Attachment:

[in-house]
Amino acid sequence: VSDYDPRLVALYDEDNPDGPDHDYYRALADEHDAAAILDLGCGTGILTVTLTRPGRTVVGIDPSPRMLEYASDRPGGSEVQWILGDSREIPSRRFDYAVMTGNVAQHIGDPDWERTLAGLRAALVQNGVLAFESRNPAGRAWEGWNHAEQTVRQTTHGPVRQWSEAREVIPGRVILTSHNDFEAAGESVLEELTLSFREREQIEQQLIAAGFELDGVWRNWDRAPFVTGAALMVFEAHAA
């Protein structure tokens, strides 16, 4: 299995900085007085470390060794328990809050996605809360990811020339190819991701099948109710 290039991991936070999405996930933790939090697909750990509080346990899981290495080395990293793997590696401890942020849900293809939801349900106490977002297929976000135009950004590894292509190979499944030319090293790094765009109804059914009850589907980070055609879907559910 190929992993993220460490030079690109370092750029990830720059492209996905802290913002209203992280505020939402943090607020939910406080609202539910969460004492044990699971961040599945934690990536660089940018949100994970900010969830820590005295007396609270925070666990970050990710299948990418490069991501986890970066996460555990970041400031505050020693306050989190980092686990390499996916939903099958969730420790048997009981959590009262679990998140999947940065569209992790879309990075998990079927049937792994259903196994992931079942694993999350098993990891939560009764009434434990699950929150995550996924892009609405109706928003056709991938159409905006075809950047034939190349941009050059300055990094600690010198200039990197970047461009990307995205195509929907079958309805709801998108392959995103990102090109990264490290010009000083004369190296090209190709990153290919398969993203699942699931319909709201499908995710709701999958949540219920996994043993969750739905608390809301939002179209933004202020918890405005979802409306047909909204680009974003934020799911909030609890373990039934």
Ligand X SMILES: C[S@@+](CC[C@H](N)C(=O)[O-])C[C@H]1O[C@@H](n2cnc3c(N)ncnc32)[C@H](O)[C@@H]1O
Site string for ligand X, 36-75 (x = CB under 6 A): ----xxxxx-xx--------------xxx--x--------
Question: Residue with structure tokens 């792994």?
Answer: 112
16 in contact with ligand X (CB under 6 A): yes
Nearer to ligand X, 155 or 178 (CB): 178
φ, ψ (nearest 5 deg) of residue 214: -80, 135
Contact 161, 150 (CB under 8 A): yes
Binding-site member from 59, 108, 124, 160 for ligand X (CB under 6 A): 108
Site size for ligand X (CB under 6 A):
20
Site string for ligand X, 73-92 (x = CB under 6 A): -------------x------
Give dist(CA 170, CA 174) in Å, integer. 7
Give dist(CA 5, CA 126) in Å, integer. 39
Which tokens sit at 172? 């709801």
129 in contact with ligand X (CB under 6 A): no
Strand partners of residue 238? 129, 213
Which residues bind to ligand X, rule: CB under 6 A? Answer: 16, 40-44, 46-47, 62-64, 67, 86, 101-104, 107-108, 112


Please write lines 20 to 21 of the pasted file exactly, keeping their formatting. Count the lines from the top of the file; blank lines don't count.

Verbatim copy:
Strand partners of residue 238? 129, 213
Which residues bind to ligand X, rule: CB under 6 A? Answer: 16, 40-44, 46-47, 62-64, 67, 86, 101-104, 107-108, 112